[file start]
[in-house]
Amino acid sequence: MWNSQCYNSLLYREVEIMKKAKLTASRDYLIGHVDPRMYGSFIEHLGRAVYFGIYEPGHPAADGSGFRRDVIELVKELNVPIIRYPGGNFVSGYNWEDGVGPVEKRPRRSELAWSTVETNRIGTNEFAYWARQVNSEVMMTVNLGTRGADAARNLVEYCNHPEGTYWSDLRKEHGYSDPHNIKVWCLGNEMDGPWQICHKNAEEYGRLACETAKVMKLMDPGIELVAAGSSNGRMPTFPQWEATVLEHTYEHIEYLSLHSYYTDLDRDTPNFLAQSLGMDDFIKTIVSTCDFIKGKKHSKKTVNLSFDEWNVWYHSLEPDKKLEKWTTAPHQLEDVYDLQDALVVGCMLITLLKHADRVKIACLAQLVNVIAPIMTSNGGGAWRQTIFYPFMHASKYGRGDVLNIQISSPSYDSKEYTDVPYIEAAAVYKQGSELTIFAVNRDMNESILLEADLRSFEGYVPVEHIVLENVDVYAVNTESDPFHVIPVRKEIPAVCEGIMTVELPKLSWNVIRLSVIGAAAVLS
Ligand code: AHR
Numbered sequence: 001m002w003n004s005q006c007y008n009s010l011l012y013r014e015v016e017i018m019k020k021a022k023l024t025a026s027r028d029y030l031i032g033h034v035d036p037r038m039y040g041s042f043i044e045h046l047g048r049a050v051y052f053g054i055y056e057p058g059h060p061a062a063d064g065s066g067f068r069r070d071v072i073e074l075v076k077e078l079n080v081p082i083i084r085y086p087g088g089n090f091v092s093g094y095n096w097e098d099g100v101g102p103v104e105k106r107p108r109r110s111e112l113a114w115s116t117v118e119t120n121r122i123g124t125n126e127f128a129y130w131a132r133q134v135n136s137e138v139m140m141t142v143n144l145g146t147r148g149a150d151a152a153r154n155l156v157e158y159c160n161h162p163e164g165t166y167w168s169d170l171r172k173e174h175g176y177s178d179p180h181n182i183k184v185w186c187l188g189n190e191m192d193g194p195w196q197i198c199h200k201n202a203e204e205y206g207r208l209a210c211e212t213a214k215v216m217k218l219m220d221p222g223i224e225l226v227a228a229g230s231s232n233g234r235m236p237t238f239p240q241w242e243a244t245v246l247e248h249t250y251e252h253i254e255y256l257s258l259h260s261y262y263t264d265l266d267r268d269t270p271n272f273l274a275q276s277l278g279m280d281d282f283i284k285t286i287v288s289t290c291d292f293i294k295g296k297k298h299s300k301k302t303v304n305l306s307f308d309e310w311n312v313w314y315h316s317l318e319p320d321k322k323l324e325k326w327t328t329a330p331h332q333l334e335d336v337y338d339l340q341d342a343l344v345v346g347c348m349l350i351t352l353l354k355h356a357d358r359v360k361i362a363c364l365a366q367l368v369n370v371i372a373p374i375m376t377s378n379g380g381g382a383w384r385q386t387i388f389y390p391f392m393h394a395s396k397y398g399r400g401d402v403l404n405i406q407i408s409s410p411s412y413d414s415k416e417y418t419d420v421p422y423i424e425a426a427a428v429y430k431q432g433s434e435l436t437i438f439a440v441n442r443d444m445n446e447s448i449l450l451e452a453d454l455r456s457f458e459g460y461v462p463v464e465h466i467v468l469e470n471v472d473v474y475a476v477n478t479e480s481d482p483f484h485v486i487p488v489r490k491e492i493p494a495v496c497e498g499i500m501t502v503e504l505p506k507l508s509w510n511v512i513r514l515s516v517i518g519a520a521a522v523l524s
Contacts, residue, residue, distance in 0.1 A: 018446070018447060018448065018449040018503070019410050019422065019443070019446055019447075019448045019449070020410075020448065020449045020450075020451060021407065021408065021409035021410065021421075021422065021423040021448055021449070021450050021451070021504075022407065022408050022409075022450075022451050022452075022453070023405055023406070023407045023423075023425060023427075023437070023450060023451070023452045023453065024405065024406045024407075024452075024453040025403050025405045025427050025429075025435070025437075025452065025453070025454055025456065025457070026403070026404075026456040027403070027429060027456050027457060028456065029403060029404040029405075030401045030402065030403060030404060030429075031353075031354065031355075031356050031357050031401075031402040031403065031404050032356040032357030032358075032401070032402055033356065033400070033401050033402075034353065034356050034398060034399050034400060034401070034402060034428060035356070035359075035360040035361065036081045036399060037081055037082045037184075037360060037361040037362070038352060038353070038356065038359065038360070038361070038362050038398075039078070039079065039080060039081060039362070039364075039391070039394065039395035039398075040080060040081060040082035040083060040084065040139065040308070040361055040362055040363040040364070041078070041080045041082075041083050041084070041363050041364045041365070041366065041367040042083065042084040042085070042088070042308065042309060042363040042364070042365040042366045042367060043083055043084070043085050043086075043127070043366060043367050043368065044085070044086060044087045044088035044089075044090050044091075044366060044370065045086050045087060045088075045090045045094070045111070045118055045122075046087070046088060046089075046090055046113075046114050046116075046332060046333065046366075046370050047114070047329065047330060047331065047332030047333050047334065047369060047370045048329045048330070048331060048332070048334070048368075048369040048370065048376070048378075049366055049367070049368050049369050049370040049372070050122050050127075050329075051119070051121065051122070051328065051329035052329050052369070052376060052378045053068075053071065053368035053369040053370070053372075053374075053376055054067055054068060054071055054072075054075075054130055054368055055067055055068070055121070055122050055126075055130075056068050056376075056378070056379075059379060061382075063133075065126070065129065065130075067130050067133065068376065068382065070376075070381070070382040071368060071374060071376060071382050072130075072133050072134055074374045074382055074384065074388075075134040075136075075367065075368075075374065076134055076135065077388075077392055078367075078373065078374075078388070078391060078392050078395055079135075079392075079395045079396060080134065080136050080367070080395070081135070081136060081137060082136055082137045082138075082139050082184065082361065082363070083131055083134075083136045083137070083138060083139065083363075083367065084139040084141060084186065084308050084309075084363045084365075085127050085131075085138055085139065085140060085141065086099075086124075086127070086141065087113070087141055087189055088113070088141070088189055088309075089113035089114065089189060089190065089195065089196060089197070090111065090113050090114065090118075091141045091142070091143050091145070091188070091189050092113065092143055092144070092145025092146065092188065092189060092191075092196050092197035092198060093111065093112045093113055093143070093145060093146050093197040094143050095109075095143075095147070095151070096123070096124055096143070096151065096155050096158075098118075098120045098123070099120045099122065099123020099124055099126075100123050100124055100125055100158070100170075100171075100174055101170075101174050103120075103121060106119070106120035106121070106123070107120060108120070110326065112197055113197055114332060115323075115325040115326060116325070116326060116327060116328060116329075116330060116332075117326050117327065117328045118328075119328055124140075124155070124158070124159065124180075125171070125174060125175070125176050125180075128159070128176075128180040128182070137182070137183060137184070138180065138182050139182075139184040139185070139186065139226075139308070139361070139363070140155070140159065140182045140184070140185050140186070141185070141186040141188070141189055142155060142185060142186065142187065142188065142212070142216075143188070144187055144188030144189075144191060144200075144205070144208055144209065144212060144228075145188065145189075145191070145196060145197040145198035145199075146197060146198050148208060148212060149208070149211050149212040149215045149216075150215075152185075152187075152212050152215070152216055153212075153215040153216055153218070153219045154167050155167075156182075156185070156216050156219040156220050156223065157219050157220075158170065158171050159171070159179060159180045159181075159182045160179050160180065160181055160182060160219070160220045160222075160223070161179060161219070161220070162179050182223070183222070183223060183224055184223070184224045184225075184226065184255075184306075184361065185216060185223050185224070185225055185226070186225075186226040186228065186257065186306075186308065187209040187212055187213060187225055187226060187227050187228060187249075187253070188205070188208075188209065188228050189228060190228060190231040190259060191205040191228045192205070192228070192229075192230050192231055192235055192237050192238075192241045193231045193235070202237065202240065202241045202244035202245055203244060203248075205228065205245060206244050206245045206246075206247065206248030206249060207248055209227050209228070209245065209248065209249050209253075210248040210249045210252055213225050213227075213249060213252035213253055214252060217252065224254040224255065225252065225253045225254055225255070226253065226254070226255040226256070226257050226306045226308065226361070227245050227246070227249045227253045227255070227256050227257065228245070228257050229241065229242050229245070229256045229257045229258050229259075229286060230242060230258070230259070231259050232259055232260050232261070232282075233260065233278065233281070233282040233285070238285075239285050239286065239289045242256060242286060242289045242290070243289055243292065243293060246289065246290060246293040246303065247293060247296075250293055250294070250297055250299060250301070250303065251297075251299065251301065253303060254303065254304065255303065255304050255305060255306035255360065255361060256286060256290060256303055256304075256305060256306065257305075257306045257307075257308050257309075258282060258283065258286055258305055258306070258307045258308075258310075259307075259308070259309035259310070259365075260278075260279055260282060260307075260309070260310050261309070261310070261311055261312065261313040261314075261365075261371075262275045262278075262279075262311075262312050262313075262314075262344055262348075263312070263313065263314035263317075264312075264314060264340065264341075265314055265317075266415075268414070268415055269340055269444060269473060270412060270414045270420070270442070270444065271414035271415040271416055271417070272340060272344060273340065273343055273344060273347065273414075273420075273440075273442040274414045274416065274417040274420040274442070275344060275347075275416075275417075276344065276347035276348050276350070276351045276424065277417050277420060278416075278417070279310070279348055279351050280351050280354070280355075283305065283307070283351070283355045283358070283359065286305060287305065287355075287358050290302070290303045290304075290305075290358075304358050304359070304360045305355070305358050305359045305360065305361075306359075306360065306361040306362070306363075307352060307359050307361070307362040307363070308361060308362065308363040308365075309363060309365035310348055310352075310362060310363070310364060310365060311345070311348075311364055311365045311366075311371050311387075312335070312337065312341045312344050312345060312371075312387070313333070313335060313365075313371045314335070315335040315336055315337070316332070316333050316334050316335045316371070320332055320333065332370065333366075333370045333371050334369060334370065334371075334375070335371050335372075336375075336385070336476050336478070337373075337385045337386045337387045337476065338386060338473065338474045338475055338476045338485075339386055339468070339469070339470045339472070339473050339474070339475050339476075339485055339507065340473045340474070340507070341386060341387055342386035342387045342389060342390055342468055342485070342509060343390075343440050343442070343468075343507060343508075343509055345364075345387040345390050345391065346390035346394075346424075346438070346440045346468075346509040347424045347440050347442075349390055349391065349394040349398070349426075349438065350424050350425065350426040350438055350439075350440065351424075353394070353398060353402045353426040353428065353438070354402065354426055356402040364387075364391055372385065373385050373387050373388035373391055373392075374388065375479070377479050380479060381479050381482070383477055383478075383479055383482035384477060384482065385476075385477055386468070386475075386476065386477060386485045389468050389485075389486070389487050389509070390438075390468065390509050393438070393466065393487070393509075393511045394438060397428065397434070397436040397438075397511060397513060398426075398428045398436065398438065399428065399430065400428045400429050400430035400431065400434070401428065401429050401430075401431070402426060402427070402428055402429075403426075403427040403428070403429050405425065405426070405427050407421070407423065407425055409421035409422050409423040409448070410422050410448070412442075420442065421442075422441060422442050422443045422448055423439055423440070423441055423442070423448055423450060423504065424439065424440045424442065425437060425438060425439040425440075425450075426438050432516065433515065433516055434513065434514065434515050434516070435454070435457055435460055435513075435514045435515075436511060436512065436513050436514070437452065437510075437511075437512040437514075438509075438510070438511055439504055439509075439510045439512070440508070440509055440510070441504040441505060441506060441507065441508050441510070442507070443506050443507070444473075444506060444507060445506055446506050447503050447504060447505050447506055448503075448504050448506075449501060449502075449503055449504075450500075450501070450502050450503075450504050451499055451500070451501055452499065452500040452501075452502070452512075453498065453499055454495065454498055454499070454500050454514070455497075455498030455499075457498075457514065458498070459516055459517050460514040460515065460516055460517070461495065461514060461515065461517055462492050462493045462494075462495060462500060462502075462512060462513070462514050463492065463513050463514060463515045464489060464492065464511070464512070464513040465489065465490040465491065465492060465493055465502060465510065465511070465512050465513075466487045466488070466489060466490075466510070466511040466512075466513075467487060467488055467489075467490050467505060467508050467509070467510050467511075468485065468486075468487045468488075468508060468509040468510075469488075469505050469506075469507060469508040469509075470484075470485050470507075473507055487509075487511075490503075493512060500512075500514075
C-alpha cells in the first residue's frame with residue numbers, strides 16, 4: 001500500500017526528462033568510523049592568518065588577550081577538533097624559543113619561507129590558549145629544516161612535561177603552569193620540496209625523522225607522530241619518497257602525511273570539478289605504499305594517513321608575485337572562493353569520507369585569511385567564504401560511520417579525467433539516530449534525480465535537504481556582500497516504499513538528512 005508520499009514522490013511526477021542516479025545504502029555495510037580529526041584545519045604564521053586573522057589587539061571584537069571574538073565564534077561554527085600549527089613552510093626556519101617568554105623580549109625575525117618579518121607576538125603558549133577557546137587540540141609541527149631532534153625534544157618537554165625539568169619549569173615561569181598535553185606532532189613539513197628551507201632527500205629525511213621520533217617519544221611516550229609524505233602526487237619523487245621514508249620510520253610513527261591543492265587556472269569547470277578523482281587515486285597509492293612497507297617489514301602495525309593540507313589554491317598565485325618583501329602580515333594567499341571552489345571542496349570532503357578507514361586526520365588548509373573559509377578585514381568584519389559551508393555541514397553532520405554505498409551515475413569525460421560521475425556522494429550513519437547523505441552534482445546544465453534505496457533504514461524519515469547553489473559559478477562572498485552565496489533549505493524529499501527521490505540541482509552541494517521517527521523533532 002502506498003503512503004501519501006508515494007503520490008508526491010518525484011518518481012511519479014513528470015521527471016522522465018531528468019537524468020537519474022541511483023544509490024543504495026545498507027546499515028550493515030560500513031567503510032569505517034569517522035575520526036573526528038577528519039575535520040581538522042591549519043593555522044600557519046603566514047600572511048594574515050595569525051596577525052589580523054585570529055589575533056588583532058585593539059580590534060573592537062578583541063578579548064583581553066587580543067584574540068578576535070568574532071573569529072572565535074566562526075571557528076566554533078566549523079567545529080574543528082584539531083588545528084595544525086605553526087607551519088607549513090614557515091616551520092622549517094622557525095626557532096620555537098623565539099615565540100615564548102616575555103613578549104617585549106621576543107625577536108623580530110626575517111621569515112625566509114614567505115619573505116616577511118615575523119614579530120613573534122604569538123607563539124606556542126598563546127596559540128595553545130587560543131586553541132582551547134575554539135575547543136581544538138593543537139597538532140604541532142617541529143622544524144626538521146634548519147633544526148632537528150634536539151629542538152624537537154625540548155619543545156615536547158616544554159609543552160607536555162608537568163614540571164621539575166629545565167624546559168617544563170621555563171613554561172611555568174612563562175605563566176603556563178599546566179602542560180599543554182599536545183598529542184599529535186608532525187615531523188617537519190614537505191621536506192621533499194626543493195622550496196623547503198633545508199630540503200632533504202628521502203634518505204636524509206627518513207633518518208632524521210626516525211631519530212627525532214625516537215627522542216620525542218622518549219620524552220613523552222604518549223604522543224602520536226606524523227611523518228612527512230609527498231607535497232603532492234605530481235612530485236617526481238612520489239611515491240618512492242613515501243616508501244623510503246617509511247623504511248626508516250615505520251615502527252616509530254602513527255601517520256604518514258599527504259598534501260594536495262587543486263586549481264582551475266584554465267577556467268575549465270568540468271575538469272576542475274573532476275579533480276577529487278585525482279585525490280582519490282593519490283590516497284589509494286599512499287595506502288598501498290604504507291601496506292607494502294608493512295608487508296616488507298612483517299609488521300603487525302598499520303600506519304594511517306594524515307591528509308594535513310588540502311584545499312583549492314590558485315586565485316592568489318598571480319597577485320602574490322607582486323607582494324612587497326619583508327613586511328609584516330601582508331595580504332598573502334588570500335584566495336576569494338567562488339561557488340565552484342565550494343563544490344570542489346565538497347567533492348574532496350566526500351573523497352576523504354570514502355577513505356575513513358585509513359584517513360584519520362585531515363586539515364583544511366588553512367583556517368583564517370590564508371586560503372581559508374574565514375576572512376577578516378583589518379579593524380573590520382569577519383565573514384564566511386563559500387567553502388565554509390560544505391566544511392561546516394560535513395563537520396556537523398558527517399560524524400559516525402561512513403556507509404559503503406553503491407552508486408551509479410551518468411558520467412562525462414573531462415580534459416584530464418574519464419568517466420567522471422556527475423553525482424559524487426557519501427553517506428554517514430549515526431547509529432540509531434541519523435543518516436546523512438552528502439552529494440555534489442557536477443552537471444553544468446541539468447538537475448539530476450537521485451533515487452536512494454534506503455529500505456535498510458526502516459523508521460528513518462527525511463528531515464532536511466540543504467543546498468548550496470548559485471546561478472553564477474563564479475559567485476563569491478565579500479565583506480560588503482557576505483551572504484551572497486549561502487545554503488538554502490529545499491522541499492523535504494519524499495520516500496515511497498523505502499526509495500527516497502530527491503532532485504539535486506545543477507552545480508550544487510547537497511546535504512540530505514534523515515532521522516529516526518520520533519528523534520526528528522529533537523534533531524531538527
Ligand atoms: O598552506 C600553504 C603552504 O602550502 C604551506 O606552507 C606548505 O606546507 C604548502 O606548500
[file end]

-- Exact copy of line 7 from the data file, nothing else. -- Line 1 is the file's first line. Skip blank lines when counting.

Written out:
Ligand atoms: O598552506 C600553504 C603552504 O602550502 C604551506 O606552507 C606548505 O606546507 C604548502 O606548500